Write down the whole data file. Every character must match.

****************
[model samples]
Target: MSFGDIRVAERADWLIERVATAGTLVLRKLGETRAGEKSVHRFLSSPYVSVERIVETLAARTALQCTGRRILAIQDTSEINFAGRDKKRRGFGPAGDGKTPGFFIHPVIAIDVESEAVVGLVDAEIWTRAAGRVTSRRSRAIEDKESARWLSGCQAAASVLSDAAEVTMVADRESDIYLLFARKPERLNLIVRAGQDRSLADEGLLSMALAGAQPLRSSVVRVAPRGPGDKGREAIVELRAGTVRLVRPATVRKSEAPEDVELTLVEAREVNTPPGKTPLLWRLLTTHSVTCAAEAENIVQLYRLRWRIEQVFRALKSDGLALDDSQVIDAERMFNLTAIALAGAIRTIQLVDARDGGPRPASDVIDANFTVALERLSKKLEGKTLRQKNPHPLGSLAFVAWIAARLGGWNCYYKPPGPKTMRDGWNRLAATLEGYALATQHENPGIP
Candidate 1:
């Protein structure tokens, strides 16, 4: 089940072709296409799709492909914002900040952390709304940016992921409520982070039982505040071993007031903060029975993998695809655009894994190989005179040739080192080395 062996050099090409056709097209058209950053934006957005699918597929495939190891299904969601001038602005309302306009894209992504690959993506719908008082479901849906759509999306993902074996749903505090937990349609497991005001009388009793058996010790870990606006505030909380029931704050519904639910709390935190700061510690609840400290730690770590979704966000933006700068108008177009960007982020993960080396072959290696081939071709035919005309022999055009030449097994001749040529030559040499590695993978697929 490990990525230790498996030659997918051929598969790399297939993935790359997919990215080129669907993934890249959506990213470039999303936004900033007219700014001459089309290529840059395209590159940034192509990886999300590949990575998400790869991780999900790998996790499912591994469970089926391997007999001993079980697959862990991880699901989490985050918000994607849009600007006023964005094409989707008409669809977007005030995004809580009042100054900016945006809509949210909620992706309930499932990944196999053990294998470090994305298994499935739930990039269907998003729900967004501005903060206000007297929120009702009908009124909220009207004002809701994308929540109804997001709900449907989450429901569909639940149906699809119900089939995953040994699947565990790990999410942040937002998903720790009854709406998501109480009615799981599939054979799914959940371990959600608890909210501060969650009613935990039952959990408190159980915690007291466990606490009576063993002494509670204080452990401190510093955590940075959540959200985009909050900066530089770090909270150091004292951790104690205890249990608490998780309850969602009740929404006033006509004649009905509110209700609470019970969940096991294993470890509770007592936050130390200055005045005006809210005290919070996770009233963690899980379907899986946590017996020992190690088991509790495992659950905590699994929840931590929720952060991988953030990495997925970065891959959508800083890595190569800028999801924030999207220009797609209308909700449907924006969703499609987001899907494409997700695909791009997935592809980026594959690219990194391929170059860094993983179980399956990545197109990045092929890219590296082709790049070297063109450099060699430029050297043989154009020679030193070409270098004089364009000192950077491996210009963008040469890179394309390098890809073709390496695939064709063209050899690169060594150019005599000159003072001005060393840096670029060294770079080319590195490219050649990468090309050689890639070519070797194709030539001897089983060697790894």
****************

[model samples]
Target: MSFGDIRVAERADWLIERVATAGTLVLRKLGETRAGEKSVHRFLSSPYVSVERIVETLAARTALQCTGRRILAIQDTSEINFAGRDKKRRGFGPAGDGKTPGFFIHPVIAIDVESEAVVGLVDAEIWTRAAGRVTSRRSRAIEDKESARWLSGCQAAASVLSDAAEVTMVADRESDIYLLFARKPERLNLIVRAGQDRSLADEGLLSMALAGAQPLRSSVVRVAPRGPGDKGREAIVELRAGTVRLVRPATVRKSEAPEDVELTLVEAREVNTPPGKTPLLWRLLTTHSVTCAAEAENIVQLYRLRWRIEQVFRALKSDGLALDDSQVIDAERMFNLTAIALAGAIRTIQLVDARDGGPRPASDVIDANFTVALERLSKKLEGKTLRQKNPHPLGSLAFVAWIAARLGGWNCYYKPPGPKTMRDGWNRLAATLEGYALATQHENPGIP
Candidate 1:
């Protein structure tokens, strides 16, 4: 089940072709296409799709492909914002900040952390709304940016992921409520982070039982505040071993007031903060029975993998695809655009894994190989005179040739080192080395 062996050099090409056709097209058209950053934006957005699918597929495939190891299904969601001038602005309302306009894209992504690959993506719908008082479901849906759509999306993902074996749903505090937990349609497991005001009388009793058996010790870990606006505030909380029931704050519904639910709390935190700061510690609840400290730690770590979704966000933006700068108008177009960007982020993960080396072959290696081939071709035919005309022999055009030449097994001749040529030559040499590695993978697929 490990990525230790498996030659997918051929598969790399297939993935790359997919990215080129669907993934890249959506990213470039999303936004900033007219700014001459089309290529840059395209590159940034192509990886999300590949990575998400790869991780999900790998996790499912591994469970089926391997007999001993079980697959862990991880699901989490985050918000994607849009600007006023964005094409989707008409669809977007005030995004809580009042100054900016945006809509949210909620992706309930499932990944196999053990294998470090994305298994499935739930990039269907998003729900967004501005903060206000007297929120009702009908009124909220009207004002809701994308929540109804997001709900449907989450429901569909639940149906699809119900089939995953040994699947565990790990999410942040937002998903720790009854709406998501109480009615799981599939054979799914959940371990959600608890909210501060969650009613935990039952959990408190159980915690007291466990606490009576063993002494509670204080452990401190510093955590940075959540959200985009909050900066530089770090909270150091004292951790104690205890249990608490998780309850969602009740929404006033006509004649009905509110209700609470019970969940096991294993470890509770007592936050130390200055005045005006809210005290919070996770009233963690899980379907899986946590017996020992190690088991509790495992659950905590699994929840931590929720952060991988953030990495997925970065891959959508800083890595190569800028999801924030999207220009797609209308909700449907924006969703499609987001899907494409997700695909791009997935592809980026594959690219990194391929170059860094993983179980399956990545197109990045092929890219590296082709790049070297063109450099060699430029050297043989154009020679030193070409270098004089364009000192950077491996210009963008040469890179394309390098890809073709390496695939064709063209050899690169060594150019005599000159003072001005060393840096670029060294770079080319590195490219050649990468090309050689890639070519070797194709030539001897089983060697790894």